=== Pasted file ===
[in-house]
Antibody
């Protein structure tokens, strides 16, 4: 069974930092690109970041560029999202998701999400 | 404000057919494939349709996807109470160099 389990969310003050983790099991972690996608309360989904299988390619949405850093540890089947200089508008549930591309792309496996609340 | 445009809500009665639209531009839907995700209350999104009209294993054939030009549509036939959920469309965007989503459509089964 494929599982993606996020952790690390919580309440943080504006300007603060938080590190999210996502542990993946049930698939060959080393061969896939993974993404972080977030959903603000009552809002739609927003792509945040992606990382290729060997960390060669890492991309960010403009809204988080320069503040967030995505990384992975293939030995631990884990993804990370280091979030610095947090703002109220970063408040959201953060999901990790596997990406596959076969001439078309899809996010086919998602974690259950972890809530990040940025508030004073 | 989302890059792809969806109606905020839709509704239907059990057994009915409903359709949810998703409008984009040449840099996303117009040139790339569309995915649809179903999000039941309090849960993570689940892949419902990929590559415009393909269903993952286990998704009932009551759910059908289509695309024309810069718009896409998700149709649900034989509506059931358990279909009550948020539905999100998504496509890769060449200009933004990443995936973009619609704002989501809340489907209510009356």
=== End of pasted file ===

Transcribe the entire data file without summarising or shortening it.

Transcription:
[in-house]
Antibody
């Protein structure tokens, strides 16, 4: 069974930092690109970041560029999202998701999400 | 404000057919494939349709996807109470160099 389990969310003050983790099991972690996608309360989904299988390619949405850093540890089947200089508008549930591309792309496996609340 | 445009809500009665639209531009839907995700209350999104009209294993054939030009549509036939959920469309965007989503459509089964 494929599982993606996020952790690390919580309440943080504006300007603060938080590190999210996502542990993946049930698939060959080393061969896939993974993404972080977030959903603000009552809002739609927003792509945040992606990382290729060997960390060669890492991309960010403009809204988080320069503040967030995505990384992975293939030995631990884990993804990370280091979030610095947090703002109220970063408040959201953060999901990790596997990406596959076969001439078309899809996010086919998602974690259950972890809530990040940025508030004073 | 989302890059792809969806109606905020839709509704239907059990057994009915409903359709949810998703409008984009040449840099996303117009040139790339569309995915649809179903999000039941309090849960993570689940892949419902990929590559415009393909269903993952286990998704009932009551759910059908289509695309024309810069718009896409998700149709649900034989509506059931358990279909009550948020539905999100998504496509890769060449200009933004990443995936973009619609704002989501809340489907209510009356």